Javier Vazquez, executive director of the Cameron Willacy County Medical Society, said it’s not unusual for dual-eligible patients to comprise 80 to 90 percent of a Valley physician’s patient load.
BY STEVE CLARK THE BROWNSVILLE HERALDBrownsville Herald
The Texas Medical Association is cheering a move by the state’s Legislative Budget Board to partially restore cuts to reimbursements to doctors who care for patients who are on both Medicare and Medicaid.
Medicaid is the federal-state program for the needy, aged, blind and disabled, and for low-income families with children. Medicare is the federal health care program for those 65 and older and for the disabled.
Patients who qualify for both programs are known as “dual-eligible” — often the poorest and sickest Texans, according to the TMA. The payment issue stems from the 2011 Texas Legislature, which ordered the Health and Human Services Commission to slash dual-eligible payments to doctors as a way to save money in the face of a major budget shortfall.
The interaction between Medicaid and Medicare payments to doctors is complicated. The way the changes were implemented prevented Medicaid from paying for the entire amount of dual-eligible patients’ $140 annual Medicare deductible. It also stopped Medicaid from paying more than the Medicaid-allowable charge for a service, which in turn prevented Medicaid from paying the Medicare co-pay.
The recent move reinstates coverage of the Medicare deductible in 2013, though HHSC is working out the details. It’s good news for doctors whose reimbursements took a big reduction as a result of the 2011 Legislature’s decision. The TMA said the cuts were devastating to doctors with high numbers of dual-eligible patients, since Medicaid reimbursements are already at rock bottom. Many of those doctors are in the Rio Grande Valley.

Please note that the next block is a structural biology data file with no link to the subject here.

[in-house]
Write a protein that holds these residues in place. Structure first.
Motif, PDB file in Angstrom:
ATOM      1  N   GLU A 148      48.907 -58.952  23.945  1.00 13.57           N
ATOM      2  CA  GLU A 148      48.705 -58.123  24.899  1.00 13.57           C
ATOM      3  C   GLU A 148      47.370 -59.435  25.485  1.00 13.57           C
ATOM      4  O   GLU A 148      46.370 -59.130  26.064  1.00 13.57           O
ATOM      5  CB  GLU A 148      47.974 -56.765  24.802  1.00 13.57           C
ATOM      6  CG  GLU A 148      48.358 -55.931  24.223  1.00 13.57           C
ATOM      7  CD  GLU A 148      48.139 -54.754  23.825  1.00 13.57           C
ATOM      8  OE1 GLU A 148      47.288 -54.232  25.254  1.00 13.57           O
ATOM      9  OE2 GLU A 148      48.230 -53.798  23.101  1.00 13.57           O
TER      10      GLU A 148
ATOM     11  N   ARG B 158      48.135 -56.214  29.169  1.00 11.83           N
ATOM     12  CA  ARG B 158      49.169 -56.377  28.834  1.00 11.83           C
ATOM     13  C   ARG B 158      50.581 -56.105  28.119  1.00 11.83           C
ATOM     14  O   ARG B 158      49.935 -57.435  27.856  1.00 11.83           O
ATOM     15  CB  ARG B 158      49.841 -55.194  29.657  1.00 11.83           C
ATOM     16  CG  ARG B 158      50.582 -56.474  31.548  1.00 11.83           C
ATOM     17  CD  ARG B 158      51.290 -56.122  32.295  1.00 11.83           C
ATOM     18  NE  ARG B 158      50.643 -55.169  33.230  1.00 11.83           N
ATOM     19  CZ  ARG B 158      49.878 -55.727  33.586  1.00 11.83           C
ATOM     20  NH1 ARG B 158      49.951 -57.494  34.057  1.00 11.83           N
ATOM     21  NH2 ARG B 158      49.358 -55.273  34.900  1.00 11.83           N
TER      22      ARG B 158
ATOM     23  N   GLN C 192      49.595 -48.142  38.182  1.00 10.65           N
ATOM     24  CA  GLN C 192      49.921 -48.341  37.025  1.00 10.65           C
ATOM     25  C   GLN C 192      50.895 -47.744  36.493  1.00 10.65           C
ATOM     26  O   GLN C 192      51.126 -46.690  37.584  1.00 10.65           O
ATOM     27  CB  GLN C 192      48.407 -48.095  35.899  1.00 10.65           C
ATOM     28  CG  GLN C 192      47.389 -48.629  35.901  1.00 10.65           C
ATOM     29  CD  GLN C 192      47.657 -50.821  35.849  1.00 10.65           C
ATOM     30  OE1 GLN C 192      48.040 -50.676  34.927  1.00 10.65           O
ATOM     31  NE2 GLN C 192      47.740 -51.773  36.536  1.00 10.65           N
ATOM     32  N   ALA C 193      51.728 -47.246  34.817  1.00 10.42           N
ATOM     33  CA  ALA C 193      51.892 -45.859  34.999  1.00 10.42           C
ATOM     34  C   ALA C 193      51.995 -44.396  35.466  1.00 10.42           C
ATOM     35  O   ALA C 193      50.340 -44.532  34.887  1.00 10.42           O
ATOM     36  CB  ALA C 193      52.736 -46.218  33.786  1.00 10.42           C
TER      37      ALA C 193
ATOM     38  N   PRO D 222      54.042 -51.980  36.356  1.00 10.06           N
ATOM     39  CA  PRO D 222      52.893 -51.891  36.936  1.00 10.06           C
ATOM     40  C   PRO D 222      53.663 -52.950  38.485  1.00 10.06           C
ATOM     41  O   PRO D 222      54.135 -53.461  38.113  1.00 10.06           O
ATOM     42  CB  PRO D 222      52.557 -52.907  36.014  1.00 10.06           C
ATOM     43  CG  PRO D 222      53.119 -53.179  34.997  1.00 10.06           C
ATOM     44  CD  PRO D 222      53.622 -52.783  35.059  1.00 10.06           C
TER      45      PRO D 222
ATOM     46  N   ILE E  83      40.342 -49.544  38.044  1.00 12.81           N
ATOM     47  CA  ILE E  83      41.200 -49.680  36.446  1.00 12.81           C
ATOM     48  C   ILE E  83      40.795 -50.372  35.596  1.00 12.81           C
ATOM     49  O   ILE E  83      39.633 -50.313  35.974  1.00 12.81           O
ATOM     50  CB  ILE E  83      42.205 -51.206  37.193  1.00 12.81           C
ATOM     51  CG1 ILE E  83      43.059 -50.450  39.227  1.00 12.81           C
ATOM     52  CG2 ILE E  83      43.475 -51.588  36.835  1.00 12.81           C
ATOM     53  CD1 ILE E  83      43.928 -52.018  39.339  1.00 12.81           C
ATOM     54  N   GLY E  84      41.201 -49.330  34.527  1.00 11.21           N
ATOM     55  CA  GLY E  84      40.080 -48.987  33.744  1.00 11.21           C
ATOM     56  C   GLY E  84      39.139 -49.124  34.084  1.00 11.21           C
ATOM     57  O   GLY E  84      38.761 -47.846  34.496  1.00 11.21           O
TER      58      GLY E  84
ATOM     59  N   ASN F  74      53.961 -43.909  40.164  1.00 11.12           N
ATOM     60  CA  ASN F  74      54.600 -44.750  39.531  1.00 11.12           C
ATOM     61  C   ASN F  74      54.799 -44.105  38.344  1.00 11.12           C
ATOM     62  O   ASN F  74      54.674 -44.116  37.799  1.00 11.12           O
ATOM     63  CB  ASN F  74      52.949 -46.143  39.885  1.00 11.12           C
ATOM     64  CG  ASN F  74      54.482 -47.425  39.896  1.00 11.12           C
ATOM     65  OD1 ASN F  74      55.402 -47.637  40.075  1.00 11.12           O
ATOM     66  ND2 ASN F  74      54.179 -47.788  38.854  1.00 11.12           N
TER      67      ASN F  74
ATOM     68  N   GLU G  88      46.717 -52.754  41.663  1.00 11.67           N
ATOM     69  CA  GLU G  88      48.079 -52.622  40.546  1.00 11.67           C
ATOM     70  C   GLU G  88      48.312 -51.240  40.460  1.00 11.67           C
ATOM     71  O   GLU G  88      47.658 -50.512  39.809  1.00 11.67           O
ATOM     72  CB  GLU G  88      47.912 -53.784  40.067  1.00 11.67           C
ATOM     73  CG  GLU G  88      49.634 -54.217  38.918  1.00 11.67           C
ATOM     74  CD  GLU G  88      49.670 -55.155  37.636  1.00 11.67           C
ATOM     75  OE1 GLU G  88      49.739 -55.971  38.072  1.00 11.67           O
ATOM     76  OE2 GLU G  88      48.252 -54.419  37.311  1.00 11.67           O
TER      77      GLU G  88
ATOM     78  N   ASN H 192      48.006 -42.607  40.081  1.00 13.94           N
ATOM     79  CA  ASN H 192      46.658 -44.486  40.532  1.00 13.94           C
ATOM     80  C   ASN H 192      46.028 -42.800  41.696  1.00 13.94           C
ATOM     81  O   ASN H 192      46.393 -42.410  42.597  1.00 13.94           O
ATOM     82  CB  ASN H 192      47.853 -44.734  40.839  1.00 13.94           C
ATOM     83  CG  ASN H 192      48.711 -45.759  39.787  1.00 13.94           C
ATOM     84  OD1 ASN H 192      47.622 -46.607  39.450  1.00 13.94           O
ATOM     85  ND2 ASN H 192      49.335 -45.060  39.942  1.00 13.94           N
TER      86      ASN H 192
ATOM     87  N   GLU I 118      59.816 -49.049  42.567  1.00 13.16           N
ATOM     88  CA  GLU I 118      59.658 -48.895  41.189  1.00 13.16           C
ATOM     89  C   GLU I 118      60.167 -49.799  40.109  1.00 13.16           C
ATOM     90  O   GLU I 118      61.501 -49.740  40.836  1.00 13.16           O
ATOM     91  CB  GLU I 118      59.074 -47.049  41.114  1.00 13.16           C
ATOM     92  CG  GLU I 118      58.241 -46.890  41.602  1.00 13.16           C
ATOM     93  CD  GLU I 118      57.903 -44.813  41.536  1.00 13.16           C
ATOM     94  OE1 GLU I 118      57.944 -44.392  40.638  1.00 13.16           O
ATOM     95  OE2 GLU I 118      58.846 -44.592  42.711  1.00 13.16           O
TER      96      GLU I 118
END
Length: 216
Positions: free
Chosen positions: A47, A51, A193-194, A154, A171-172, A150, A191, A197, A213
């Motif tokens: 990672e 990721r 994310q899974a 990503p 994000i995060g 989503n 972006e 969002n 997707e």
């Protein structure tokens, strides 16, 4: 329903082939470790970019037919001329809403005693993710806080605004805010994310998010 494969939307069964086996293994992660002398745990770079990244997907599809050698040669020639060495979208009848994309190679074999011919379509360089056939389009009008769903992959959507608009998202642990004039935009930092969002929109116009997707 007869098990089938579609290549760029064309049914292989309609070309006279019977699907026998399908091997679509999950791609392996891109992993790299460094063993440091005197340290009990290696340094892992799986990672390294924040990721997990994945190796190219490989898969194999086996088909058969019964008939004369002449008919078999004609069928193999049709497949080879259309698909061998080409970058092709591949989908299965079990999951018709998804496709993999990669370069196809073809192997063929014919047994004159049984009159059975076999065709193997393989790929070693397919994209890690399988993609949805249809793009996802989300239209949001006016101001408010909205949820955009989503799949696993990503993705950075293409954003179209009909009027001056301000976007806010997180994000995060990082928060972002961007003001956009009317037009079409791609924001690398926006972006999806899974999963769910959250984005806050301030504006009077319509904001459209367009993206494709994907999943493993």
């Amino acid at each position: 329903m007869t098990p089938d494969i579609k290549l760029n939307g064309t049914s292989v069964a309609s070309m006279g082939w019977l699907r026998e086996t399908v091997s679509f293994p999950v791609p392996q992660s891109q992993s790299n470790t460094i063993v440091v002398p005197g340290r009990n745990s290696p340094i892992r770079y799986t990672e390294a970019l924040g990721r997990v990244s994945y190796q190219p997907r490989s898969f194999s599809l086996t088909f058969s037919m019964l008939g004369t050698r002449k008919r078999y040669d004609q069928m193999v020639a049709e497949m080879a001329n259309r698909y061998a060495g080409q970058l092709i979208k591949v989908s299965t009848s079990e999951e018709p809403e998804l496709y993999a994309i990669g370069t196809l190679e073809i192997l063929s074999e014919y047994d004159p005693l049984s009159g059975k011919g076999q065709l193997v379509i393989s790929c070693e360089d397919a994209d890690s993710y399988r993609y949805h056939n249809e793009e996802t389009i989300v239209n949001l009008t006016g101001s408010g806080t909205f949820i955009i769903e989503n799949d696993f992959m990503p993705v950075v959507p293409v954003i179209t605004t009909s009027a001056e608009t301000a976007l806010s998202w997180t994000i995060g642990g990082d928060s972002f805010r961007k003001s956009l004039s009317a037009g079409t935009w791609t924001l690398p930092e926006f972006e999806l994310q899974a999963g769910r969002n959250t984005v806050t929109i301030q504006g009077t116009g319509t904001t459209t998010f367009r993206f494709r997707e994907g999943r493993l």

Javier Vazquez, executive director of the Cameron Willacy County Medical Society, said it’s not unusual for dual-eligible patients to comprise 80 to 90 percent of a Valley physician’s patient load. In metro areas such as Dallas, it might be as little as 5 percent, he said.
In the Valley, refusing to take Medicaid patients usually isn’t a realistic option. Instead, doctors hunkered down and, in many cases, borrowed money to keep their practices going.
“It created a cash flow issue,” Vazquez said. “Some offices were on life support. A lot of doctors were taking loans. All in all (the reinstatement) does provide some breathing room.”
The CWCMS was among the organizations lobbying to have the cuts restored, he said.
“We invited the commission down here,” Vazquez said. “We brought them down to the Valley. We brought them to Brownsville. We brought the TMA down here. We brought anyone who would listen and sent representatives to meet with the speaker and the lieutenant governor and the governor.”
State Sen. Juan “Chuy” Hinojosa, D-McAllen, organized a meeting last week in Austin with Lt. Gov. David Dewhurst, House Speaker Joe Straus, TMA board vice chairman Dr. Carlos Cardenas of Edinburg, and Dr. Javier Saenz of La Joya.
There’s still work to be done, however, Vazquez said. Although the deductible has been reinstated, physicians would be in better shape if Medicaid were once again allowed to cover the Medicare co-pay, he said. Vazquez said he expects Hinojosa to submit legislation during the next session in 2013 that would also reinstate the co-pay coverage.
“This is a two-pronged fight,” Vazquez said. “The fight’s not over.”
Editor’s Note: Seeking medical care in the Valley is tough. Doctor’s offices are filled to capacity with Medicare and Medicaid patients. Appointments take weeks, and waiting times are long. A doctor typically spends 5 minutes or less with each patient, a mill.